Delivering change through interdisciplinary research

by Mark Reed



The 2014 Research Excellence Framework 2014 (REF) results, published today, revealed that 90% of Birmingham City University’s submission was judged to have delivered ‘outstanding’ or ‘very considerable’ impact on society. This is evidence that the research landscape is rapidly changing and I believe that post-1992 Universities like BCU are ideally positioned to reap significant rewards from this new landscape in the years to come.

Essentially, the case for research funding in a time of economic austerity is based on the theory that research promotes competitiveness and growth. As research funders increasingly focus on demonstrating the value of research to society, there has been a rise in the number of directed research calls available to UK researchers. It is still possible to catch sight of blue skies as part of this research landscape, but they are increasingly being coloured by the rising sun of the impact agenda.
Calls for directed research typically focus on real world challenges, and these have a habit of being messy. The sorts of global challenges we face today do not respect disciplinary boundaries. For example, how to make our society more sustainable in the face of rising urban populations and challenges such as climate change? How to change attitudes, lifestyles and the things we choose to eat, to enhance health and quality of life?

Collaborating across traditional disciplinary boundaries isn’t just something nice that some of us might want to do. It is a necessity if we are to meet the challenges that have arisen in modern societies.

We need to learn how to do research as individuals, and as an institution, that is not just multi-disciplinary, or even interdisciplinary. We need to learn how to co-produce knowledge in collaboration with the people who will actually benefit from our research – something that’s often called transdisciplinarity.

This is where I believe BCU is really on the front foot, as one of Britain’s leading edge practice-based Universities. Whether for the city, the region or working worldwide, what I think we do best is applied research that delivers answers to real-world challenges at the same time as providing the academic insights that move knowledge forward in individual disciplines.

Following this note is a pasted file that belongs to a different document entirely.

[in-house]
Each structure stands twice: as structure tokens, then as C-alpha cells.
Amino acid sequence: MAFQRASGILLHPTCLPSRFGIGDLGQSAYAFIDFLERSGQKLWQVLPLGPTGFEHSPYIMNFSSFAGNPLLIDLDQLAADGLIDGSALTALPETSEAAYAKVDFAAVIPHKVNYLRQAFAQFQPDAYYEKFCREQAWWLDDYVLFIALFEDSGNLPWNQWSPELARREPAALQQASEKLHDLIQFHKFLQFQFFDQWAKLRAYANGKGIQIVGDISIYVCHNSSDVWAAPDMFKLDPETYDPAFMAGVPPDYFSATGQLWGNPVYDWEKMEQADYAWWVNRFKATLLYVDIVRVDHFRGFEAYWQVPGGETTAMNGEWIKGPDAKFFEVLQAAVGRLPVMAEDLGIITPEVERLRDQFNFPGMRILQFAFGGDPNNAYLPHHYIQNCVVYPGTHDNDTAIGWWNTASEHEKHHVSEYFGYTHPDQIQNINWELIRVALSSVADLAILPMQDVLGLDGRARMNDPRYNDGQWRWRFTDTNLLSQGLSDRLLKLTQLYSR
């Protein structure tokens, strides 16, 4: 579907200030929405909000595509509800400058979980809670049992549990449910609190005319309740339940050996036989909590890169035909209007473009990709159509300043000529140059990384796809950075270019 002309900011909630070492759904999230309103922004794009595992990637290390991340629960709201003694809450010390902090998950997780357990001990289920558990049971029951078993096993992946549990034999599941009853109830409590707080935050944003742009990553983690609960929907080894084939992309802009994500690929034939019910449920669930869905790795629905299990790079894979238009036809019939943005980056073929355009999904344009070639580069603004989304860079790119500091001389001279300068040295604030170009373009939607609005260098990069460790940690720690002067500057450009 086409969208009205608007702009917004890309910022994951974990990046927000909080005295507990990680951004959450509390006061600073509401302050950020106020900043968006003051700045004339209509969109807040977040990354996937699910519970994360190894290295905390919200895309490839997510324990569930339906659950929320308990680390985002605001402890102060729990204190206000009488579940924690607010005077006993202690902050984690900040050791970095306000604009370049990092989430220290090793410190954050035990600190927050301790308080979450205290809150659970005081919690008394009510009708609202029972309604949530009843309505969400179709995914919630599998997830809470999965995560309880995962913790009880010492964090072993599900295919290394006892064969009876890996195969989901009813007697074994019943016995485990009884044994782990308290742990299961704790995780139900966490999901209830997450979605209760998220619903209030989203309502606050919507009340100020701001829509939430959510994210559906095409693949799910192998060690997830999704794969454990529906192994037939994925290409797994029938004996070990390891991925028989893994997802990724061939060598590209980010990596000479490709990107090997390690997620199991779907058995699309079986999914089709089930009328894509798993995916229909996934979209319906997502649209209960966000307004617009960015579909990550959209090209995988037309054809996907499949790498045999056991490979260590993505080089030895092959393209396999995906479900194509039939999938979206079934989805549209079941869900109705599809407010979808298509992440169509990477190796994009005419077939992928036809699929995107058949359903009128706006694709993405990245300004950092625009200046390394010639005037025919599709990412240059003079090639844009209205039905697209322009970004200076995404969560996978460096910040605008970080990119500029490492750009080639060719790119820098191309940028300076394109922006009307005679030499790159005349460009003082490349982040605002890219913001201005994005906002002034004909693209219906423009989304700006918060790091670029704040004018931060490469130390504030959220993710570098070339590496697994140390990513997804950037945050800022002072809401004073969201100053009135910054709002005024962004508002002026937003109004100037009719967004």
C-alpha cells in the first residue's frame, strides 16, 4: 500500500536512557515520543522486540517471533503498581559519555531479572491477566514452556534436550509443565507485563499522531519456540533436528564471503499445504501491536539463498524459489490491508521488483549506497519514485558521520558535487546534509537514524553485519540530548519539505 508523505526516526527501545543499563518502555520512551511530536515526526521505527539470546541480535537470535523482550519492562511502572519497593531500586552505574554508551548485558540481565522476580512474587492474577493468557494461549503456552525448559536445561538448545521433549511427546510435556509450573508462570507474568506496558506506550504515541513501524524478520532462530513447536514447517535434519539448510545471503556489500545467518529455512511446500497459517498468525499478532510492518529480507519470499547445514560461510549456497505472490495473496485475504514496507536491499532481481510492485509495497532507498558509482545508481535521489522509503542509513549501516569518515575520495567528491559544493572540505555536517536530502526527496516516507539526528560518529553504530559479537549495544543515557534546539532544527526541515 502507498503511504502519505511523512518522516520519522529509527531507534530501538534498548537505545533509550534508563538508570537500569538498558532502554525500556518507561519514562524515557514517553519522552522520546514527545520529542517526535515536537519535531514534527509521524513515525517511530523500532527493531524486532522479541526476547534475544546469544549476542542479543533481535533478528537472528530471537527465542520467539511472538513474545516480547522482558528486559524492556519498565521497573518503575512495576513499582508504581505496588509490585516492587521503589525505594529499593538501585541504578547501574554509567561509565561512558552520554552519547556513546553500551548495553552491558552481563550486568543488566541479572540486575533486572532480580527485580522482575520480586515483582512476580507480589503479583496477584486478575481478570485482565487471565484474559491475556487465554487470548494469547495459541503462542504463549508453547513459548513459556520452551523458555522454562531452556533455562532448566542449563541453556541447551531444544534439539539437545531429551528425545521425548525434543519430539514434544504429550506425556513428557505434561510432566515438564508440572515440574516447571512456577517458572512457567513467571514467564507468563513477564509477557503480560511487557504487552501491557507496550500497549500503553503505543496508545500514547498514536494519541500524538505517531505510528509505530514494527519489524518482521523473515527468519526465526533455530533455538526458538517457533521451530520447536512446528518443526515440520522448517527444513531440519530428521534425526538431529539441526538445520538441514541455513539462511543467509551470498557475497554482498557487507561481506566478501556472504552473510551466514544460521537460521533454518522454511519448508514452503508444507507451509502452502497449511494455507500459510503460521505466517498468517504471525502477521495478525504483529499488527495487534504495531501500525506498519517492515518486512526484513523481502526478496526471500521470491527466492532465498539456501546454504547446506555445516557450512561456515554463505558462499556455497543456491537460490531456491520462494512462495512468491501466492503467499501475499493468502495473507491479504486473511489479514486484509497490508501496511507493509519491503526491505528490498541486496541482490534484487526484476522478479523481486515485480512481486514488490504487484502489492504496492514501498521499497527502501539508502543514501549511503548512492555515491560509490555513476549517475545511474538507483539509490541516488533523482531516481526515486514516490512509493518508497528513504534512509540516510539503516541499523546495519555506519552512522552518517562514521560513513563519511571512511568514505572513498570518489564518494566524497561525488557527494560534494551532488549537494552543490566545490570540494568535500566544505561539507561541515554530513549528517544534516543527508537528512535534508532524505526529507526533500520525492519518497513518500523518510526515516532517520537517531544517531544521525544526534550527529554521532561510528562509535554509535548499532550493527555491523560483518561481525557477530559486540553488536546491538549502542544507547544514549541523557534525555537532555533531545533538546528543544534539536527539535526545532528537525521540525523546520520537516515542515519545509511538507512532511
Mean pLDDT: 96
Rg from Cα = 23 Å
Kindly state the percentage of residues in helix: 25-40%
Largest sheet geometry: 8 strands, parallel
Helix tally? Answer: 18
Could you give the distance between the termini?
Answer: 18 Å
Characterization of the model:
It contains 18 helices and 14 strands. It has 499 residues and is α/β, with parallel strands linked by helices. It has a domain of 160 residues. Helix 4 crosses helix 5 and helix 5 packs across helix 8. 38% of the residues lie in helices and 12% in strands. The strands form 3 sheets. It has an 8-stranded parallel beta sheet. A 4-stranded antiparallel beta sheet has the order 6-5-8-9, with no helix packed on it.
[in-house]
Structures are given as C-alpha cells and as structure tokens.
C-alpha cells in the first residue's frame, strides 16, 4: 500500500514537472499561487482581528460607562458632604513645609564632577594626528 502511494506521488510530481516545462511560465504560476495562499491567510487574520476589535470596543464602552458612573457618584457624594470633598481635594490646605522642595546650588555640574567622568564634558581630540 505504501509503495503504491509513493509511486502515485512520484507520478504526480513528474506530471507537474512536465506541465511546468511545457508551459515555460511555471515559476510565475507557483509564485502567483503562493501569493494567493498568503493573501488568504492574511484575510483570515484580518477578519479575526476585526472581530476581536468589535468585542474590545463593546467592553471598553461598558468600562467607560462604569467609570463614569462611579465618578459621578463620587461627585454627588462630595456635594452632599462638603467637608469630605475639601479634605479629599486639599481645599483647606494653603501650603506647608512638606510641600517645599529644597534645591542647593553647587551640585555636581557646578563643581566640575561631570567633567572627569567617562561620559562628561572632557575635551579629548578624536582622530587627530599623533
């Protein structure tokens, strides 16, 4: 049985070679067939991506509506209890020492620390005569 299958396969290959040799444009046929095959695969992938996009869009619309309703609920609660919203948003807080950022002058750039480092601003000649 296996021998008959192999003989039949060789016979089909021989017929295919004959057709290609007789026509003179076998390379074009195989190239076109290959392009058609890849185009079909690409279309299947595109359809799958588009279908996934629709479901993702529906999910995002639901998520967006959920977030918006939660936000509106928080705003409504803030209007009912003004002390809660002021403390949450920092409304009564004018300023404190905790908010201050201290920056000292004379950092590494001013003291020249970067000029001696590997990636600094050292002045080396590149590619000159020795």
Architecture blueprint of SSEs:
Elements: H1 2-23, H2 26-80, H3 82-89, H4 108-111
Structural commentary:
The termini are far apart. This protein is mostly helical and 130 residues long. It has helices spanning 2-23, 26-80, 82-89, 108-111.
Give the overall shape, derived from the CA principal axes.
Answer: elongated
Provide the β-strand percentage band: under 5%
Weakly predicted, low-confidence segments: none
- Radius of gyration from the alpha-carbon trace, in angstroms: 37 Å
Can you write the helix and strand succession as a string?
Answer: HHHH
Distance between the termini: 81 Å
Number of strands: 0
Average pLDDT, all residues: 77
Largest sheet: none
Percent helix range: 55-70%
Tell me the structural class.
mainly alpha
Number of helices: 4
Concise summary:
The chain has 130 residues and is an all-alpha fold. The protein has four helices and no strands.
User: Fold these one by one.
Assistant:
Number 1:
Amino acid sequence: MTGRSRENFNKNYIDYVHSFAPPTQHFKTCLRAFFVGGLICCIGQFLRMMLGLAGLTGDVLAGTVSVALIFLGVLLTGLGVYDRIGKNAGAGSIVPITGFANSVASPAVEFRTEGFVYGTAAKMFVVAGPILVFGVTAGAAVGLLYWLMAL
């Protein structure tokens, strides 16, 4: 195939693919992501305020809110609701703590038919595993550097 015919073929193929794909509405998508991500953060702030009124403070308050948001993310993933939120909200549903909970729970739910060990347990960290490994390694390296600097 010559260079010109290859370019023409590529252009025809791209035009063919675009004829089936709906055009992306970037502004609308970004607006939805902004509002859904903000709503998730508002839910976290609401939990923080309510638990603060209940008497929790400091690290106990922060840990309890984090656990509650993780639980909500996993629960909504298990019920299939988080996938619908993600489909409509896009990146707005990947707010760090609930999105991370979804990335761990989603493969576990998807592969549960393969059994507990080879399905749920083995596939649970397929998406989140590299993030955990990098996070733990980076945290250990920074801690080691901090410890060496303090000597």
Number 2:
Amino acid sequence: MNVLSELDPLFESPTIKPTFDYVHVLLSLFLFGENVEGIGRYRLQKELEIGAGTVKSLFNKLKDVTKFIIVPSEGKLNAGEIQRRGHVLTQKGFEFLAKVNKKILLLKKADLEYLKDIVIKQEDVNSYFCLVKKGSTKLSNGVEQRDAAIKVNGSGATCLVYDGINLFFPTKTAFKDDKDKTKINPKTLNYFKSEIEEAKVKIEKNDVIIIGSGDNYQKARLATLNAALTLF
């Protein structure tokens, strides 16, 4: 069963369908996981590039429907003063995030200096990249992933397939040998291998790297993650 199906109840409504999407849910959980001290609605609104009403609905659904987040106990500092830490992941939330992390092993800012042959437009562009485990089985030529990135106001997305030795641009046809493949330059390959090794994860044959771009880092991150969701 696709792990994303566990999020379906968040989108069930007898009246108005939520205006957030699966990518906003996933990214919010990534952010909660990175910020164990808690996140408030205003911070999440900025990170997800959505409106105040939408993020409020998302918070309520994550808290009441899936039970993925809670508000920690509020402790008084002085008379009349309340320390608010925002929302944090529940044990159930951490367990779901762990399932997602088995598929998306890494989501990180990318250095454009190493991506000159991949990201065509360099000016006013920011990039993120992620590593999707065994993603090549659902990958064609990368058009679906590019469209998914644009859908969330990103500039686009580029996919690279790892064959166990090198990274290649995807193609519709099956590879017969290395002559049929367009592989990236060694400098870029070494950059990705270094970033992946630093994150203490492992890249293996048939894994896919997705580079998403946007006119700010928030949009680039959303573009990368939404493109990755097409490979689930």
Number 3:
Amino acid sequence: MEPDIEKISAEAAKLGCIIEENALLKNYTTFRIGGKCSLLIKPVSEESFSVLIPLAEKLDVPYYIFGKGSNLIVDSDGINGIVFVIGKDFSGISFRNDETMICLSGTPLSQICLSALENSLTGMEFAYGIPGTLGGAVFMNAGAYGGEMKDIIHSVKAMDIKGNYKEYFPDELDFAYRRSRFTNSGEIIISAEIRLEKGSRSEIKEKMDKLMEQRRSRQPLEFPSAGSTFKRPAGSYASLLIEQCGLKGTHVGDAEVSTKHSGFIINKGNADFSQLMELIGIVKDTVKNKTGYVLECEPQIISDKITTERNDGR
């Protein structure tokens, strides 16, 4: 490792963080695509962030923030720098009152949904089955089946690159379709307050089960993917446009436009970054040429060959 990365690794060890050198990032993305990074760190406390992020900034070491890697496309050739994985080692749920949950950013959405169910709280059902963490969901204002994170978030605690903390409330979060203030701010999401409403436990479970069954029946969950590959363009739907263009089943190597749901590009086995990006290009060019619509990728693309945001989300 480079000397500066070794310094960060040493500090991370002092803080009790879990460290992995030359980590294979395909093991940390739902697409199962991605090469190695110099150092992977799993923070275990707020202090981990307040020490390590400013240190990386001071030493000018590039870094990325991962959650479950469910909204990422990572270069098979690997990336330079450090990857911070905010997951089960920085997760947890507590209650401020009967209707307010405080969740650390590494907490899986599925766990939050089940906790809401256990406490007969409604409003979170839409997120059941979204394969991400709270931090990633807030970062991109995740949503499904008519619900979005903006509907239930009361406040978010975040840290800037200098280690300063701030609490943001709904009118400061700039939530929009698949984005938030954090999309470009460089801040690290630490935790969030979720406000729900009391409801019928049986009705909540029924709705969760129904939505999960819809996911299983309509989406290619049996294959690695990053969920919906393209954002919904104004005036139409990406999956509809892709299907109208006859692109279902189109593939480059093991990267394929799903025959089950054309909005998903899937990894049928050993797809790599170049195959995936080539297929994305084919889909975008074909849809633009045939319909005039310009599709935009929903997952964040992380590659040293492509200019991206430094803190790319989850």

Unlike my experience in research-intensive Universities, I have yet to come across a colleague at BCU who only wants to develop new theories or methods. I have met plenty of people developing exciting new theoretical insights and cutting edge methods, but it is always for a clear purpose. We don’t produce knowledge for its own sake, we produce knowledge that seeks an impact.

And it is this impact agenda that I believe is our real opportunity over the coming years. Impact represents 20% of the scores reported today under the Government’s Research Excellence Framework. Some in Government would like this to increase to 50% for the next assessment in 2020 – in reality it is likely to be somewhere between 20 and 50%. To put this into perspective, REF grades outputs from 1 to 4 stars, with 4* being internationally leading. A 4* impact case study is rated as equivalent to twenty 4* papers.

The fact that these case studies could be worth far more next time round may be perceived as a threat by many research-intensive Universities who have traditionally relied on research papers for their rankings and incomes. I believe it is an opportunity for many of the post-1992 Universities who have a smaller research base, but a long history of community and societal engagement, and like BCU, a mission that has always had impact at its core.

Thomas Kuhn, analysing the history of science, used the term “paradigm shift” to describe step changes in worldview that occur after a new discovery or way of thinking. I believe that the impact agenda has, over the last decade, begun to radically alter the dominant worldview of the nature of research and its purpose. I believe that we are in the midst of this paradigm shift, and that the REF impact scores published today are both evidence of and response to this shift.

Read more about our top-rated impact case study on developing markets for peatland ecosystem services:

About Mark

I am an interdisciplinary environmental researcher specialising in knowledge exchange, stakeholder participation and the value of nature. I do training to help embed impact into research and help people adapt to environmental change in mountains and deserts around the world.

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